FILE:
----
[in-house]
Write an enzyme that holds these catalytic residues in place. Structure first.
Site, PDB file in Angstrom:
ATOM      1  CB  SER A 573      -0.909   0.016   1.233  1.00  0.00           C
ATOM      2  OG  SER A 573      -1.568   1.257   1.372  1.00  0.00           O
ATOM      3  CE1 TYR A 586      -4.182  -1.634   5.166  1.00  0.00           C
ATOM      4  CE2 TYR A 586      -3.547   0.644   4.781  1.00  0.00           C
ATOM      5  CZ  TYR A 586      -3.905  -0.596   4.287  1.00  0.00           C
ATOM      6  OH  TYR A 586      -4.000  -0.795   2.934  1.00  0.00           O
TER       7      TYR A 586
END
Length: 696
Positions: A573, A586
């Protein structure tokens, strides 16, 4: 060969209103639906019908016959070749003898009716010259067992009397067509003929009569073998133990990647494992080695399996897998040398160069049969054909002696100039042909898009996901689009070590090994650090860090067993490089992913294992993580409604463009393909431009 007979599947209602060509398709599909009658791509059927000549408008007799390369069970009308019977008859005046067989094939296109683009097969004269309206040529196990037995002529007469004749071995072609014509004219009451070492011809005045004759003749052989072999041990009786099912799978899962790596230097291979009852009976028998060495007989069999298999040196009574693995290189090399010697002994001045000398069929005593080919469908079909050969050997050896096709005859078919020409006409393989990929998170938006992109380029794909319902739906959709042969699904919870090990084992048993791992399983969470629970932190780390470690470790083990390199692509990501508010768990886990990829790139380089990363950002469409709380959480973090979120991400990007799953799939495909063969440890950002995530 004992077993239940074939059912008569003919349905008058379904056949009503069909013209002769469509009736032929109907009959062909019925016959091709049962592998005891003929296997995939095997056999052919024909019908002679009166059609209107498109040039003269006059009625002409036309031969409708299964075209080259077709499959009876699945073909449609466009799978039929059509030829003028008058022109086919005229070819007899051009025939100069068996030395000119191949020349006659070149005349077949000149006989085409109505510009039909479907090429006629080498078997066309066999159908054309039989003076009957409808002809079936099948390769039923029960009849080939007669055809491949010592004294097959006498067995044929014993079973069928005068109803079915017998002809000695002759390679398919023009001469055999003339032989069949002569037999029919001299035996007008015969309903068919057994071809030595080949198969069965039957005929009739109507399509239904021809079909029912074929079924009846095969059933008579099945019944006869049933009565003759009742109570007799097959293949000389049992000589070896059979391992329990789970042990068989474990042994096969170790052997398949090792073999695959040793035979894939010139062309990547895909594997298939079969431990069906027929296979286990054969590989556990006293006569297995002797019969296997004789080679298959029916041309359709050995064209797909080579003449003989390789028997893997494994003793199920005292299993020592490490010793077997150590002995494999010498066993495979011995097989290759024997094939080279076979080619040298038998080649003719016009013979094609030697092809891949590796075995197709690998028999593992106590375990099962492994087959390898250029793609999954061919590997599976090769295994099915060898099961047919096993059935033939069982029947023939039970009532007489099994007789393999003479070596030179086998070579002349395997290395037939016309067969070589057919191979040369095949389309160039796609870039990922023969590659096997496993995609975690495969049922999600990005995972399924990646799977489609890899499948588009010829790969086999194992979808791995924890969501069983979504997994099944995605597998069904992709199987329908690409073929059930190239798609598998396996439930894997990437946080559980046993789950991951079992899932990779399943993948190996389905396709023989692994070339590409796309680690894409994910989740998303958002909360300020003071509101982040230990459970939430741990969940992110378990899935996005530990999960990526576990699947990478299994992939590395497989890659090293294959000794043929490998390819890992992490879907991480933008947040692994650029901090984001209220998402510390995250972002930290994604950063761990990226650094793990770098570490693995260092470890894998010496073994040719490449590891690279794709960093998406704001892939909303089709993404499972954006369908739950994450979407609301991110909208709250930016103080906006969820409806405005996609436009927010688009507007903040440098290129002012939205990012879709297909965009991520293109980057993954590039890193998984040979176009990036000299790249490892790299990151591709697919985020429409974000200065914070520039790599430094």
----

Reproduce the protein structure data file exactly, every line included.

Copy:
[in-house]
Write an enzyme that holds these catalytic residues in place. Structure first.
Site, PDB file in Angstrom:
ATOM      1  CB  SER A 573      -0.909   0.016   1.233  1.00  0.00           C
ATOM      2  OG  SER A 573      -1.568   1.257   1.372  1.00  0.00           O
ATOM      3  CE1 TYR A 586      -4.182  -1.634   5.166  1.00  0.00           C
ATOM      4  CE2 TYR A 586      -3.547   0.644   4.781  1.00  0.00           C
ATOM      5  CZ  TYR A 586      -3.905  -0.596   4.287  1.00  0.00           C
ATOM      6  OH  TYR A 586      -4.000  -0.795   2.934  1.00  0.00           O
TER       7      TYR A 586
END
Length: 696
Positions: A573, A586
């Protein structure tokens, strides 16, 4: 060969209103639906019908016959070749003898009716010259067992009397067509003929009569073998133990990647494992080695399996897998040398160069049969054909002696100039042909898009996901689009070590090994650090860090067993490089992913294992993580409604463009393909431009 007979599947209602060509398709599909009658791509059927000549408008007799390369069970009308019977008859005046067989094939296109683009097969004269309206040529196990037995002529007469004749071995072609014509004219009451070492011809005045004759003749052989072999041990009786099912799978899962790596230097291979009852009976028998060495007989069999298999040196009574693995290189090399010697002994001045000398069929005593080919469908079909050969050997050896096709005859078919020409006409393989990929998170938006992109380029794909319902739906959709042969699904919870090990084992048993791992399983969470629970932190780390470690470790083990390199692509990501508010768990886990990829790139380089990363950002469409709380959480973090979120991400990007799953799939495909063969440890950002995530 004992077993239940074939059912008569003919349905008058379904056949009503069909013209002769469509009736032929109907009959062909019925016959091709049962592998005891003929296997995939095997056999052919024909019908002679009166059609209107498109040039003269006059009625002409036309031969409708299964075209080259077709499959009876699945073909449609466009799978039929059509030829003028008058022109086919005229070819007899051009025939100069068996030395000119191949020349006659070149005349077949000149006989085409109505510009039909479907090429006629080498078997066309066999159908054309039989003076009957409808002809079936099948390769039923029960009849080939007669055809491949010592004294097959006498067995044929014993079973069928005068109803079915017998002809000695002759390679398919023009001469055999003339032989069949002569037999029919001299035996007008015969309903068919057994071809030595080949198969069965039957005929009739109507399509239904021809079909029912074929079924009846095969059933008579099945019944006869049933009565003759009742109570007799097959293949000389049992000589070896059979391992329990789970042990068989474990042994096969170790052997398949090792073999695959040793035979894939010139062309990547895909594997298939079969431990069906027929296979286990054969590989556990006293006569297995002797019969296997004789080679298959029916041309359709050995064209797909080579003449003989390789028997893997494994003793199920005292299993020592490490010793077997150590002995494999010498066993495979011995097989290759024997094939080279076979080619040298038998080649003719016009013979094609030697092809891949590796075995197709690998028999593992106590375990099962492994087959390898250029793609999954061919590997599976090769295994099915060898099961047919096993059935033939069982029947023939039970009532007489099994007789393999003479070596030179086998070579002349395997290395037939016309067969070589057919191979040369095949389309160039796609870039990922023969590659096997496993995609975690495969049922999600990005995972399924990646799977489609890899499948588009010829790969086999194992979808791995924890969501069983979504997994099944995605597998069904992709199987329908690409073929059930190239798609598998396996439930894997990437946080559980046993789950991951079992899932990779399943993948190996389905396709023989692994070339590409796309680690894409994910989740998303958002909360300020003071509101982040230990459970939430741990969940992110378990899935996005530990999960990526576990699947990478299994992939590395497989890659090293294959000794043929490998390819890992992490879907991480933008947040692994650029901090984001209220998402510390995250972002930290994604950063761990990226650094793990770098570490693995260092470890894998010496073994040719490449590891690279794709960093998406704001892939909303089709993404499972954006369908739950994450979407609301991110909208709250930016103080906006969820409806405005996609436009927010688009507007903040440098290129002012939205990012879709297909965009991520293109980057993954590039890193998984040979176009990036000299790249490892790299990151591709697919985020429409974000200065914070520039790599430094």